842 F2d 991 Burlison v. Warner-Lambert Company

842 F.2d 991

Prod.Liab.Rep.(CCH)P 11,713
Betty BURLISON, Appellant,

No. 87-1217.

United States Court of Appeals,
Eighth Circuit.

Submitted Dec. 15, 1987.
Decided March 17, 1988.
Rehearing Denied April 8, 1988.

Roman de la Campa, Sioux City, Iowa, for appellant.

Michael R. Hellige, Sioux City, Iowa, for appellee.

Before JOHN R. GIBSON, BOWMAN and WOLLMAN, Circuit Judges.

JOHN R. GIBSON, Circuit Judge.

view counter

Betty Burlison appeals from the judgment entered against her on her claim against Warner-Lambert based on an anaphylactic reaction allegedly caused by its product, Hall's mentholyptus cough tablets. While the jury was deliberating, it requested further explanation of one instruction, but returned a verdict in favor of the defendant before the inquiry was answered. In ruling on Burlison's motion for a new trial, the district court1 determined that the instruction was erroneous, but that such error was harmless because a directed verdict should have been granted for Warner-Lambert. We conclude that this ruling of the district court was correct and that it renders consideration of any trial errors unnecessary. Burlison v. Warner-Lambert Co., No. C 83-4210 (N.D.Iowa Jan. 15, 1987). We accordingly affirm the judgment of the district court.


On January 5, 1982, Burlison took three Hall's mentholyptus cough drops. She took one at 8:50 p.m., one at 9:20 p.m., and one at 10:10 p.m. Shortly after Burlison took the last tablet, her throat began to swell and she had difficulty breathing. She went into shock and was taken to a hospital, where she continued to have trouble breathing and temporarily lost her eyesight. Her complaint alleges that she was diagnosed as having suffered an anaphylactic or severe allergic reaction to the cough drops.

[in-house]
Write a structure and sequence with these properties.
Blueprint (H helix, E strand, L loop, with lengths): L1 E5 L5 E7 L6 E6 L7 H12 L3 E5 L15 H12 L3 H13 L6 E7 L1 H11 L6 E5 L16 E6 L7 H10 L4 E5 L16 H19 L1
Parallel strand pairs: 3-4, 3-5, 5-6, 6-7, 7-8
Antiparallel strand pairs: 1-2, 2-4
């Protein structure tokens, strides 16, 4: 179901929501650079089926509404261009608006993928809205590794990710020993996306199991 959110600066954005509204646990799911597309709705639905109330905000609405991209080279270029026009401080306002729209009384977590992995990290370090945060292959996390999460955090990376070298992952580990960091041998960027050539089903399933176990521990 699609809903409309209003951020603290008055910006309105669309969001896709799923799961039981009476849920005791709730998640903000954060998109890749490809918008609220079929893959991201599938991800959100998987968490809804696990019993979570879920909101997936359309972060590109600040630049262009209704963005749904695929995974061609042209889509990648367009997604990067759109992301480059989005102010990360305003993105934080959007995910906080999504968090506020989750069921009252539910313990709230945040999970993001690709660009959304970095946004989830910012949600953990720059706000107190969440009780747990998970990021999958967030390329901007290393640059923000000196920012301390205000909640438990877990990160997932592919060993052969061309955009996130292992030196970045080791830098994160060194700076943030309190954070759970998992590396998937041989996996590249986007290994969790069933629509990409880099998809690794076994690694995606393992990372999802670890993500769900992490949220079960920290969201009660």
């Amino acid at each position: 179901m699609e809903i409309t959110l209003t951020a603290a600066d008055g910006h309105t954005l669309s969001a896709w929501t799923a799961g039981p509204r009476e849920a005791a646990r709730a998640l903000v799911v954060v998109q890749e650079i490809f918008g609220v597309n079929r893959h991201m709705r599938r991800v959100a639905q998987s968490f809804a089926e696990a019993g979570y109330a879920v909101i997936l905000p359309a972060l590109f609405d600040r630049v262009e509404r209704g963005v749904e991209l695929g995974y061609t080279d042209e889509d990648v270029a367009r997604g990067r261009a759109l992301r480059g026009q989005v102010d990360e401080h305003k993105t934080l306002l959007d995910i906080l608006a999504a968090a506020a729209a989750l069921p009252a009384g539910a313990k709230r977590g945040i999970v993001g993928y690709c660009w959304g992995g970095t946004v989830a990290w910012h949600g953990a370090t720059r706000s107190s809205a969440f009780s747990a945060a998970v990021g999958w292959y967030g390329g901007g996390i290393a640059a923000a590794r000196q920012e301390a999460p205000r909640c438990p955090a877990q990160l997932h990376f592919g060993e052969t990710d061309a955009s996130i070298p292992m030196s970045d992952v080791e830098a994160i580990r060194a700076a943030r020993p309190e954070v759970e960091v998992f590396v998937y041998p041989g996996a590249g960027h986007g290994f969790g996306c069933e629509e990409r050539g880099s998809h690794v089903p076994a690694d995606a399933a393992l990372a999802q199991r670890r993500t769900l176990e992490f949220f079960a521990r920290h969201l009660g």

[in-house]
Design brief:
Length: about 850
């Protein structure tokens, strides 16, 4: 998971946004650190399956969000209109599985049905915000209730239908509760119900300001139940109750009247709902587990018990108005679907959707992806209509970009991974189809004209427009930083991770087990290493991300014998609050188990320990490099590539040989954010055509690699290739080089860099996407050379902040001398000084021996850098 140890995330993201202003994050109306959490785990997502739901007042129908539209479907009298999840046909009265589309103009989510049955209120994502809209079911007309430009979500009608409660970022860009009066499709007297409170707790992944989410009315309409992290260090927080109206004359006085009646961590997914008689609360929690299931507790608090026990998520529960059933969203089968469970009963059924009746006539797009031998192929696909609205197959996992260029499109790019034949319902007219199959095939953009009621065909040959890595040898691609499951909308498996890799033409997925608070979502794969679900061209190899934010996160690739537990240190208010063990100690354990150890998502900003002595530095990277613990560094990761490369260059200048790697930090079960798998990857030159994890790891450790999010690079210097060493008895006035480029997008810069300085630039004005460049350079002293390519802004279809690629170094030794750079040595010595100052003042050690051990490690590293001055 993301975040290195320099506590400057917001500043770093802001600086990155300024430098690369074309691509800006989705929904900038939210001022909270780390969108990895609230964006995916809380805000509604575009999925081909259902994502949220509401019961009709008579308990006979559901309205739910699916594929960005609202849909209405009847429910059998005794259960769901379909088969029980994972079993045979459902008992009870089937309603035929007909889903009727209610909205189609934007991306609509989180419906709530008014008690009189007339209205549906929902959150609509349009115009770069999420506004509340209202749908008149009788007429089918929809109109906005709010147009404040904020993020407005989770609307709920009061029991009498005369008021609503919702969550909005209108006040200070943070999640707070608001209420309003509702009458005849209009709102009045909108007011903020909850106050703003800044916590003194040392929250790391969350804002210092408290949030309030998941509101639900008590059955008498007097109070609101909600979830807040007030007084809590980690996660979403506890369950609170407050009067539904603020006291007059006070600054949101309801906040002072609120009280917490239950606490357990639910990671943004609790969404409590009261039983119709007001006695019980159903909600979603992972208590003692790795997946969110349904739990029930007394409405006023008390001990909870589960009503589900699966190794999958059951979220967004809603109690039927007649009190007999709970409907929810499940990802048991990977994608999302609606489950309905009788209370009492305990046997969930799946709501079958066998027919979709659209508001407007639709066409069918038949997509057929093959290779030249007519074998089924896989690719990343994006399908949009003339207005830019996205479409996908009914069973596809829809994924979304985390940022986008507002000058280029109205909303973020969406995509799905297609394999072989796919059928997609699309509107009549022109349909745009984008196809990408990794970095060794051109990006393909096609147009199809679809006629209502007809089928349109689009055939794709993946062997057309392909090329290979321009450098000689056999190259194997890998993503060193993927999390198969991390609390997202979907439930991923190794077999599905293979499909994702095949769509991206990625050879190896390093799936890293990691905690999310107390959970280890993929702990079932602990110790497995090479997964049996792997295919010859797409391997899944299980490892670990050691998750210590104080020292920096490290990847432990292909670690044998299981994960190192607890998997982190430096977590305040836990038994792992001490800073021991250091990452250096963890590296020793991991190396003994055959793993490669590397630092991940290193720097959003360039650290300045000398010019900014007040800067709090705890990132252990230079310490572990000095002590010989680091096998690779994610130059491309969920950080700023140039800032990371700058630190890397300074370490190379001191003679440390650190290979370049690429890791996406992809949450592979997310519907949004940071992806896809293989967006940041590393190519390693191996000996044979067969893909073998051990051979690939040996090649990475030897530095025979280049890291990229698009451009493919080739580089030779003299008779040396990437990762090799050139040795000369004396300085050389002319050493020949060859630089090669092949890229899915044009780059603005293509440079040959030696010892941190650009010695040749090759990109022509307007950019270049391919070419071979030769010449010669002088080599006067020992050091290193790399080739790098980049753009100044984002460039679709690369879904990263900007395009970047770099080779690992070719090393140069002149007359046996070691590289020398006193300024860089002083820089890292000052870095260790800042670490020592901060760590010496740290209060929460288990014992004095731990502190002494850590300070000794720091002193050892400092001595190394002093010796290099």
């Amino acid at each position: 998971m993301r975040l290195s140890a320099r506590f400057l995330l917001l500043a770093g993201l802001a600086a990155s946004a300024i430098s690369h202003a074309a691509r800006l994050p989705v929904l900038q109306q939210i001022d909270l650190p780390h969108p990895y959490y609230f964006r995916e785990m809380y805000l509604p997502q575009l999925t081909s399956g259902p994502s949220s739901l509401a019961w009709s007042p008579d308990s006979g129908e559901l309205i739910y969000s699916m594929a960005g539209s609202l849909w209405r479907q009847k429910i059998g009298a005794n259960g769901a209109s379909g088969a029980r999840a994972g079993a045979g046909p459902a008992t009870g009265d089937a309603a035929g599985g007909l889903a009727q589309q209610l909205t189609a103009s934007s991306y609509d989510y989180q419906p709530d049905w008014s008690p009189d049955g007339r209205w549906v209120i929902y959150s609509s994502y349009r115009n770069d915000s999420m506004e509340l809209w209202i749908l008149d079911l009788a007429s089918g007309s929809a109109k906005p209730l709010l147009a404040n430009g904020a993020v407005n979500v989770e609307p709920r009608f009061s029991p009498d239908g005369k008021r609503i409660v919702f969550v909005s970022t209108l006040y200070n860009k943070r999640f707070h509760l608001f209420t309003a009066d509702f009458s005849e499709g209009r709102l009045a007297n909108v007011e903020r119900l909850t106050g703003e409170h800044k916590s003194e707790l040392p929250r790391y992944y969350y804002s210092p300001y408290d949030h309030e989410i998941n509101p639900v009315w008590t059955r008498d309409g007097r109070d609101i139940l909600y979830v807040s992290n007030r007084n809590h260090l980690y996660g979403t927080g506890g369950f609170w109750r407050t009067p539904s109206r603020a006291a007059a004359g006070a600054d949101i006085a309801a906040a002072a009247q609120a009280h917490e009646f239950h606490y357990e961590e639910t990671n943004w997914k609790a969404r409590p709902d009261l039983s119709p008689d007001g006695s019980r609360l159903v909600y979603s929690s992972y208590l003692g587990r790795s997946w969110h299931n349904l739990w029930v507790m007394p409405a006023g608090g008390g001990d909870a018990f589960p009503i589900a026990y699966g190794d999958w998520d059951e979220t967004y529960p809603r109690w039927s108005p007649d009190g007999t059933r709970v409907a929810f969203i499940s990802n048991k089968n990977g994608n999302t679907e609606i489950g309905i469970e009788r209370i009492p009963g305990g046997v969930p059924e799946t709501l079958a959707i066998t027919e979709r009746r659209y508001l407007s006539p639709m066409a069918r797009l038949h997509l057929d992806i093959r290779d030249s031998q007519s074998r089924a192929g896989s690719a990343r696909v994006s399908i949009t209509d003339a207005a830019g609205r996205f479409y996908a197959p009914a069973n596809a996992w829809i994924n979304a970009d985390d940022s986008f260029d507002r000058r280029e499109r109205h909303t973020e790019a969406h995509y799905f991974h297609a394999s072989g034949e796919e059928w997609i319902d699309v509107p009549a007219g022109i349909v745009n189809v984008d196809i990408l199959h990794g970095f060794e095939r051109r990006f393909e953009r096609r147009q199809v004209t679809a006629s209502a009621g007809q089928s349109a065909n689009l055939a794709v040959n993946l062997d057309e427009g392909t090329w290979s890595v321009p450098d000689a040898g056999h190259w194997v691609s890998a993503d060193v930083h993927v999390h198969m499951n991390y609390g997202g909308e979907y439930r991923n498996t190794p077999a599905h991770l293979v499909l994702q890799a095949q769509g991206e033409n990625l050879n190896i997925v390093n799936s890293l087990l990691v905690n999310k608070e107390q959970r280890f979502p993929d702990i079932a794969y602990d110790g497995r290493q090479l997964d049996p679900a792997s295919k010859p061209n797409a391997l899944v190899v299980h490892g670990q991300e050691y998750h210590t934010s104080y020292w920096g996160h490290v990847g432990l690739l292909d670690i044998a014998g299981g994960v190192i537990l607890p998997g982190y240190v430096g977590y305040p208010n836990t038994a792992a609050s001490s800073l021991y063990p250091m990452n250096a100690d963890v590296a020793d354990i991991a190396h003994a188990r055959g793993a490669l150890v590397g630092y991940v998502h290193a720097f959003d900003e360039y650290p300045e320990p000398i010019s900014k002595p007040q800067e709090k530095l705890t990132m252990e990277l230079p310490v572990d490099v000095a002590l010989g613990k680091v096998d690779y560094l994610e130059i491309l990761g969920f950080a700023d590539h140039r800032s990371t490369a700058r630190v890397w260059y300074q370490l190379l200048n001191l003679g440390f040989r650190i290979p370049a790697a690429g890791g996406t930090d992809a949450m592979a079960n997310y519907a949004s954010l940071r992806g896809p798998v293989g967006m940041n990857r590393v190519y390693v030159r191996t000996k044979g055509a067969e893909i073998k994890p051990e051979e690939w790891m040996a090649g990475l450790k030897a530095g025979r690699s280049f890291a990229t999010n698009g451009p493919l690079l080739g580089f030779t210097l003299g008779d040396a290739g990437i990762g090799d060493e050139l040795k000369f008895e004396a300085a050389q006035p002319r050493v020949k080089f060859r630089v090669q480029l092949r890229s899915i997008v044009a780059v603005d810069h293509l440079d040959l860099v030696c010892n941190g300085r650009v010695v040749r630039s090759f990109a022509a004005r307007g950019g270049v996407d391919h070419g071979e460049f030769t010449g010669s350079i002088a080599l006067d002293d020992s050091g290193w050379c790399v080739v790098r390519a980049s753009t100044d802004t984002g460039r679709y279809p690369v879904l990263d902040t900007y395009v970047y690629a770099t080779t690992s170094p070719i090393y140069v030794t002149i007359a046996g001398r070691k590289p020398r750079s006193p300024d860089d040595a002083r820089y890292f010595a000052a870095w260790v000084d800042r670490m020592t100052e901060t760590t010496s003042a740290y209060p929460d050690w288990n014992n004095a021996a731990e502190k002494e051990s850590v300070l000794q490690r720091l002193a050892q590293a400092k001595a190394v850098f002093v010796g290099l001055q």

On December 13, 1983, Burlison filed this diversity action, alleging that the Hall's tablets caused her anaphylactic reaction and that Warner-Lambert was negligent in failing to warn about such reactions and in mislabeling the product. On December 4, 1984, Warner-Lambert moved for summary judgment on the ground that Iowa law does not permit recovery from the manufacturer of a product to which the plaintiff is allergic. See Bonowski v. Revlon, Inc., 100 N.W.2d 5, 9 (Iowa 1959). The district court denied this motion on the basis of the facts then in evidence, ruling that Warner-Lambert had not established its right to judgment beyond controversy, see Bradsher v. Missouri Pac. R.R., 679 F.2d 1253, 1256 (8th Cir.1983), and that in any event sound judicial discretion dictated that the case be fully developed at trial, see McLain v. Meier, 612 F.2d 349, 356 (8th Cir.1979). Burlison v. Warner-Lambert Co., No. C 83-4210 (N.D.Iowa March 21, 1986).